There are a number of drivers of global business change coming our way in the next 10 years or so.

The key ones as I see it at the moment are:

  • West – East power-shift, especially the growing dominance of the East in financial markets.
  • Use of internet and Telecom technologies, typically giving smaller businesses the same computing power as their larger rivals and also empowering small business units within centrally controlled organisations to “do their own thing”.
  • Dis-intermediation of information flows, how we look for and receive news will change. It will be immediate and through smaller distribution channels. Big business and government control over news distribution will become a thing of the past.
  • Ageing populations will affect all business models and markets. How will the world cope with the largest ever proportion of over 60’s?
  • A move away from money focus to individual and spiritual values. We’ve had 80’s greed, 90’s prosperity and 00’s austerity. The developed world has more stuff than it can use. We will move away from materialism in favour of self-development.

The most vulnerable part of every organisation will be whatever delivery mechanism it has to offer services and products to customers.

Change will increase in frequency and complexity as the global trends identified above take hold. The most successful businesses will predict / react to these changes and alter their value delivery systems and processes appropriately.

Those that are blind to the changes will fail.

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About Adam Blackie

A career Freelance Accountant who specialises in leading helping others to hold onto their money.
This entry was posted in communication, Information Management, Interim Management, leading change management and tagged , , , . Bookmark the permalink.

7 Responses to Futurology

  1. brian standen says:

    The key issues that you identify really warrant reflection by organisations that wish to be successful in today’s/tomorrow’s environment.

    Changes in the marketplace such as the ageing population and the increasing wealth and influence of the markets in the east provide opportunities that organisations can seek to fill.

    At the same time there continues to be rapid development in the application of technology that enhance communication techniques and thus enable organisations to access both remote and dispersed markets, whilst at the same time benefiting from more efficient access to research and information.

    To exploit this companies no longer need to have the substantial infrastructure that companies used to require, simply the understanding of the tools and fleetness of foot to exploit them.

    • Adam Blackie says:

      Thanks for the comment Brian.

      The last point that you made is something that I have also recognised.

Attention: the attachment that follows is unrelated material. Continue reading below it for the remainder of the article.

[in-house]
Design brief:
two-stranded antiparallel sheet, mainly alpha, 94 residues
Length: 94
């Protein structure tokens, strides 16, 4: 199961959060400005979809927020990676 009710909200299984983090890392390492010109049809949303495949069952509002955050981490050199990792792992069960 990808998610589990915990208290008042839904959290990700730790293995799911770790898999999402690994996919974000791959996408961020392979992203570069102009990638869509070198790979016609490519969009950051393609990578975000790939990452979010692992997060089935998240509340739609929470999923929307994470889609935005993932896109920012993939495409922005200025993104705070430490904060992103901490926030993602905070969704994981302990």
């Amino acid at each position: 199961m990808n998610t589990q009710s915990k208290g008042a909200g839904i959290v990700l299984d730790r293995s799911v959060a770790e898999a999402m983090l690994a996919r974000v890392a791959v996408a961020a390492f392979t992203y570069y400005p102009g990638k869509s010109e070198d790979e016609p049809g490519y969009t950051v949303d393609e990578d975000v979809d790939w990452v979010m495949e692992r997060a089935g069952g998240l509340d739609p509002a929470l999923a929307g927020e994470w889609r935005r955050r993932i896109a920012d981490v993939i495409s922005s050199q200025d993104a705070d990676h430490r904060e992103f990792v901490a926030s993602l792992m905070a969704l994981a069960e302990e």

I see fear of the cloud and a tenancy towards centralising communications channels, is preventing organisations from being fleet of foot.

  2. Sabra Swinson says:

    Very interesting. Marketers are playing ‘lip service’ to the grey/gray market but are not really engaging with it. For example, the mobile phone industry is obsessed with adding more and more features to their handsets. Seniors want simplicity, clarity and large buttons!

    • Adam Blackie says:


      Linking Ageing Population with Increasing use of technology = a possible strategic objective.

      PS Seniors also want a built in T-Loop on their mobiles to help them hear the d**n things. đŸ™‚

  3. Ian Richardson says:

    Very interesting!

    Change is the only constant and how businesses prepare and adapt to new trends is key. Did anyone anticipate the rise of social networking and instant flow of information driving political events and demonstrations in both the West and Egypt, amongst others.

  4. Refreshing comments,

    Technology is driving is communication. What we are leaving behind is “skill set”and “social responsibility”. Space on this planet will be at a premium and secular existence will prevail. How do we retain the “community” when technology supports the reclusive behavior. Governments are nervous, they no longer have control of communication as the events of the past few weeks have demonstrated. Social interaction is what we humans do, remove that and you remove all that makes us sentient beings.
    There has to be a physical collaboration between technology and us, and it has to be more than a virtual experience.

    • Adam Blackie says:

      Thank you for your comment.

      Technology does encourage a virtual lifestyle for many, however I believe that this is a temporary phenomenon, caused by the fixed location of a desktop. ………..and the future is mobile, not based on fixed workstations.

      We already see the born digital generation using mobile connectivity on their travels. They are using their “travel downtime” to communicate, making alternate (better) use of their time.

      What they are also in danger of missing is the value of enjoying the journey for its own sake, something that can add real experience to our lives.


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